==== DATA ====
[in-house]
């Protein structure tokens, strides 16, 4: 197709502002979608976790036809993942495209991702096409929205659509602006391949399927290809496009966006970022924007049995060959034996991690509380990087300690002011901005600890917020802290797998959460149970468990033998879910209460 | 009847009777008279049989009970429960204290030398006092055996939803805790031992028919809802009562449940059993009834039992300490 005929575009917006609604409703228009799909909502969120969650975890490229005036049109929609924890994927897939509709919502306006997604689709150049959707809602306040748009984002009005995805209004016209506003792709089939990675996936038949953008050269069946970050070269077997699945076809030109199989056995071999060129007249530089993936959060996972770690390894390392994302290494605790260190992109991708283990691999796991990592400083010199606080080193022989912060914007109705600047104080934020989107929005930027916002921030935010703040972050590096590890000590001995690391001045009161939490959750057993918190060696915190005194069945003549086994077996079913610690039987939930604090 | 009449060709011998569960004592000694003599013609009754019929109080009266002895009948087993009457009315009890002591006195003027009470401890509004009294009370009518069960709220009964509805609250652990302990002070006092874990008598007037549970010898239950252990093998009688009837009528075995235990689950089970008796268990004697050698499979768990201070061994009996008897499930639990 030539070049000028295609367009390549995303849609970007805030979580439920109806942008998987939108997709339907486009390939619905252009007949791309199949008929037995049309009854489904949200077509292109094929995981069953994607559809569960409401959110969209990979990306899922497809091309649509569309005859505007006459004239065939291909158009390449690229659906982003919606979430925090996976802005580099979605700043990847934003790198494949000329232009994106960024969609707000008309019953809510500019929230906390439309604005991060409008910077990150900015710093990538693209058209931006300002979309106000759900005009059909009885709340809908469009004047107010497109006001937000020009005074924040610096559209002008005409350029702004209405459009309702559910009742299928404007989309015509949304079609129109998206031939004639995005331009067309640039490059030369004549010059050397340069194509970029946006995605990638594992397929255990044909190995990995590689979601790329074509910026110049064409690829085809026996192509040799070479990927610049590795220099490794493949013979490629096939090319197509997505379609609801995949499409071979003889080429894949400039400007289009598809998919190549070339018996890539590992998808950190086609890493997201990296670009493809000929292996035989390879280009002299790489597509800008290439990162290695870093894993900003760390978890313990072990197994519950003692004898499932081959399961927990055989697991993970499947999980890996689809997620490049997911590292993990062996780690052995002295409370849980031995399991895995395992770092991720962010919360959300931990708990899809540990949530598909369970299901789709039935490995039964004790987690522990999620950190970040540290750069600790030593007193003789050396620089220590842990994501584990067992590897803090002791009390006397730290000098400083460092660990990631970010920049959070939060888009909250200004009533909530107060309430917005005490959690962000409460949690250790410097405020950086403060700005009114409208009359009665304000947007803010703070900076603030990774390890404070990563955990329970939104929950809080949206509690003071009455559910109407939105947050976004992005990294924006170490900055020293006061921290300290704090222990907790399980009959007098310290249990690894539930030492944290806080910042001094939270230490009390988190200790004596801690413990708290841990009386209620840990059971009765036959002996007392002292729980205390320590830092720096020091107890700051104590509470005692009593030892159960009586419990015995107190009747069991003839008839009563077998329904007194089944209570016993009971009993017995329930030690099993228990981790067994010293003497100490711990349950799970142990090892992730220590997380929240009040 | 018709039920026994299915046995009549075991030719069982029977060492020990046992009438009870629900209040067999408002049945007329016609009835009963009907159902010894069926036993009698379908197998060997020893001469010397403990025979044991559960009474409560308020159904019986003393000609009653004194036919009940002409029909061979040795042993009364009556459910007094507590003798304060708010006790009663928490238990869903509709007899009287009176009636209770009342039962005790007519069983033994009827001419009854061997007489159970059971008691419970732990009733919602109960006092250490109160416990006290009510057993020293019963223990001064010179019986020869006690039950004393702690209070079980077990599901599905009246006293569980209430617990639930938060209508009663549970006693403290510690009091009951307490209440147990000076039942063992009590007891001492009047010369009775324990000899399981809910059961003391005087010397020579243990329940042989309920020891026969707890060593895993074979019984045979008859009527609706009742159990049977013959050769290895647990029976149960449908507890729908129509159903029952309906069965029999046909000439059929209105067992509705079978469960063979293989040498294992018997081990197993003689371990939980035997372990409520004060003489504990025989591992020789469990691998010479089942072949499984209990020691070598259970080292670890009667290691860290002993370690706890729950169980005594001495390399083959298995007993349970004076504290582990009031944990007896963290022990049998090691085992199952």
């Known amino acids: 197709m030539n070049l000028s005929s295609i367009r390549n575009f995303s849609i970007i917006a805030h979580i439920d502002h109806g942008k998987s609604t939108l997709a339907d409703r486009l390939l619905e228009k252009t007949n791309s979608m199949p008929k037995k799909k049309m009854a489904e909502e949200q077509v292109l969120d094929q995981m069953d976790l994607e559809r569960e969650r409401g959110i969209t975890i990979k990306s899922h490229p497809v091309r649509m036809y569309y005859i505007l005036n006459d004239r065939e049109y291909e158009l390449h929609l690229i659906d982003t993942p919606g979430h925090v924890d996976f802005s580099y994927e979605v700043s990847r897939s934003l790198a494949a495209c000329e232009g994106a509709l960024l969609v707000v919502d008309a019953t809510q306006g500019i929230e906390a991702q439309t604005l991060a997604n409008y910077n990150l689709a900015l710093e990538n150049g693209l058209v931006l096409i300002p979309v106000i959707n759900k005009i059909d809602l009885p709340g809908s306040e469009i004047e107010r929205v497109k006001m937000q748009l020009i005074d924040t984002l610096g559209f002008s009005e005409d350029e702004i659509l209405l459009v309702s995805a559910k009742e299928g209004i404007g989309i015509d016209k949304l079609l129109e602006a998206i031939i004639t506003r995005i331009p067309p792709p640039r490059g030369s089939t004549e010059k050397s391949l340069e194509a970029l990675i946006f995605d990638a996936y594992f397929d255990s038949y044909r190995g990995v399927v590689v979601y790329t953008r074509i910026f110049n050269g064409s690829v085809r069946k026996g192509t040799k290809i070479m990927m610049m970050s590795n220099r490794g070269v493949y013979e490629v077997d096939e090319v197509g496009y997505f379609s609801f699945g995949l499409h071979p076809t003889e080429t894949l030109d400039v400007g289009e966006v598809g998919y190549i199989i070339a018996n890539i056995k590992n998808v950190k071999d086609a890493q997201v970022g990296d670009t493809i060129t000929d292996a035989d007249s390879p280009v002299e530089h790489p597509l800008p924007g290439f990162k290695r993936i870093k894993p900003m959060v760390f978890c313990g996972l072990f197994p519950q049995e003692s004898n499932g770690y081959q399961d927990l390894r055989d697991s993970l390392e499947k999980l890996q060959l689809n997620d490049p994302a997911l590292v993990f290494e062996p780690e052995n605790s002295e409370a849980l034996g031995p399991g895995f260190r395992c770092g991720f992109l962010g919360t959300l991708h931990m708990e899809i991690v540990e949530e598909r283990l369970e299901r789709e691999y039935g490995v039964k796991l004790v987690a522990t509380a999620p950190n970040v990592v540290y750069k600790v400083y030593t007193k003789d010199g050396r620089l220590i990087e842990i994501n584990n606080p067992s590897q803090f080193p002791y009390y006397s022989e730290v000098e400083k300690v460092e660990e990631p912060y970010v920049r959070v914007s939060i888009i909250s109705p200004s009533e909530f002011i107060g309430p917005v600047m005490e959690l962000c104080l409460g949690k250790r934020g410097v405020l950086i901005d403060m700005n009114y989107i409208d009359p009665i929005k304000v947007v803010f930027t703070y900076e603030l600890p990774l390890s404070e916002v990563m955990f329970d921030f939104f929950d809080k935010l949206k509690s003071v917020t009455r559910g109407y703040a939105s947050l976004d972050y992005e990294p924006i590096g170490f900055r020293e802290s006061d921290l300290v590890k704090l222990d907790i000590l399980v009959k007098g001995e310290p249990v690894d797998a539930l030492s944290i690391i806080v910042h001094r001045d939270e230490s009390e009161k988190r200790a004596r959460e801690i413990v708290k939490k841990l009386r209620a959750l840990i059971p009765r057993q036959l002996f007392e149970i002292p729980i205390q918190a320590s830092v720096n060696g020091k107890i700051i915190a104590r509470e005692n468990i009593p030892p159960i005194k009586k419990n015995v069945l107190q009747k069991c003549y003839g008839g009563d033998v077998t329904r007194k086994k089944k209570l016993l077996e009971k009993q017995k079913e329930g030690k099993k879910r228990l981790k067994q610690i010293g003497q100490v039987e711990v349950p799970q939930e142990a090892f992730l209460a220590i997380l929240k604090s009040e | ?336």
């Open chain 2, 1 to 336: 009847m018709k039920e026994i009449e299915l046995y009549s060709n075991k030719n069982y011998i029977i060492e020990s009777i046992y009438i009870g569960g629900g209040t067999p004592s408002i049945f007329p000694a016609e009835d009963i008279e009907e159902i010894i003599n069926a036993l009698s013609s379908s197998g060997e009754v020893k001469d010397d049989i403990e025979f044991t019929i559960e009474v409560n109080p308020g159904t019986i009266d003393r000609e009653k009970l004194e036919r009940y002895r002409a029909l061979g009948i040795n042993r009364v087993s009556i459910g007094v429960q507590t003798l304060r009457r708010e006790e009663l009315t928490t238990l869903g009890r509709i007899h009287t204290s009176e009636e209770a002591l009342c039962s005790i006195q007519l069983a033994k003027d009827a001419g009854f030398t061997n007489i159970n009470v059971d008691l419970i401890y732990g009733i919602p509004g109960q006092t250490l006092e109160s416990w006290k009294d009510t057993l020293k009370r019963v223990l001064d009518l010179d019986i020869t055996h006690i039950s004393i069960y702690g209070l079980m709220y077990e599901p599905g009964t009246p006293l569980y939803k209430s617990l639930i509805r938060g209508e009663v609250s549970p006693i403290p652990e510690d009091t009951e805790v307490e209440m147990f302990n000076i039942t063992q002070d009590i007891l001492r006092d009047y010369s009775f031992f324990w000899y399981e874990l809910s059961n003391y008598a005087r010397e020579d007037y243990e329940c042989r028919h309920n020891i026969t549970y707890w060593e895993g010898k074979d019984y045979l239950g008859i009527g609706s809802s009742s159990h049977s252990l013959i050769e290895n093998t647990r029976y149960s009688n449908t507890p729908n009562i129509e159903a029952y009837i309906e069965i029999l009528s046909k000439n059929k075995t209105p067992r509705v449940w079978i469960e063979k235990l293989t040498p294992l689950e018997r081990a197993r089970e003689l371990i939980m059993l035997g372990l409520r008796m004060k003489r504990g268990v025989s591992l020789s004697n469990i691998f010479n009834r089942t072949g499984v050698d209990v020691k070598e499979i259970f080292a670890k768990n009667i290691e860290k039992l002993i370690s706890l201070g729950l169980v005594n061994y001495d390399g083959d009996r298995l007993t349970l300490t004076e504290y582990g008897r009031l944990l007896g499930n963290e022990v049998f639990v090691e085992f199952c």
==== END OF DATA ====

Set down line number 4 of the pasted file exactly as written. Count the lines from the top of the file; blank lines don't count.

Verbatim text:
């Open chain 2, 1 to 336: 009847m018709k039920e026994i009449e299915l046995y009549s060709n075991k030719n069982y011998i029977i060492e020990s009777i046992y009438i009870g569960g629900g209040t067999p004592s408002i049945f007329p000694a016609e009835d009963i008279e009907e159902i010894i003599n069926a036993l009698s013609s379908s197998g060997e009754v020893k001469d010397d049989i403990e025979f044991t019929i559960e009474v409560n109080p308020g159904t019986i009266d003393r000609e009653k009970l004194e036919r009940y002895r002409a029909l061979g009948i040795n042993r009364v087993s009556i459910g007094v429960q507590t003798l304060r009457r708010e006790e009663l009315t928490t238990l869903g009890r509709i007899h009287t204290s009176e009636e209770a002591l009342c039962s005790i006195q007519l069983a033994k003027d009827a001419g009854f030398t061997n007489i159970n009470v059971d008691l419970i401890y732990g009733i919602p509004g109960q006092t250490l006092e109160s416990w006290k009294d009510t057993l020293k009370r019963v223990l001064d009518l010179d019986i020869t055996h006690i039950s004393i069960y702690g209070l079980m709220y077990e599901p599905g009964t009246p006293l569980y939803k209430s617990l639930i509805r938060g209508e009663v609250s549970p006693i403290p652990e510690d009091t009951e805790v307490e209440m147990f302990n000076i039942t063992q002070d009590i007891l001492r006092d009047y010369s009775f031992f324990w000899y399981e874990l809910s059961n003391y008598a005087r010397e020579d007037y243990e329940c042989r028919h309920n020891i026969t549970y707890w060593e895993g010898k074979d019984y045979l239950g008859i009527g609706s809802s009742s159990h049977s252990l013959i050769e290895n093998t647990r029976y149960s009688n449908t507890p729908n009562i129509e159903a029952y009837i309906e069965i029999l009528s046909k000439n059929k075995t209105p067992r509705v449940w079978i469960e063979k235990l293989t040498p294992l689950e018997r081990a197993r089970e003689l371990i939980m059993l035997g372990l409520r008796m004060k003489r504990g268990v025989s591992l020789s004697n469990i691998f010479n009834r089942t072949g499984v050698d209990v020691k070598e499979i259970f080292a670890k768990n009667i290691e860290k039992l002993i370690s706890l201070g729950l169980v005594n061994y001495d390399g083959d009996r298995l007993t349970l300490t004076e504290y582990g008897r009031l944990l007896g499930n963290e022990v049998f639990v090691e085992f199952c």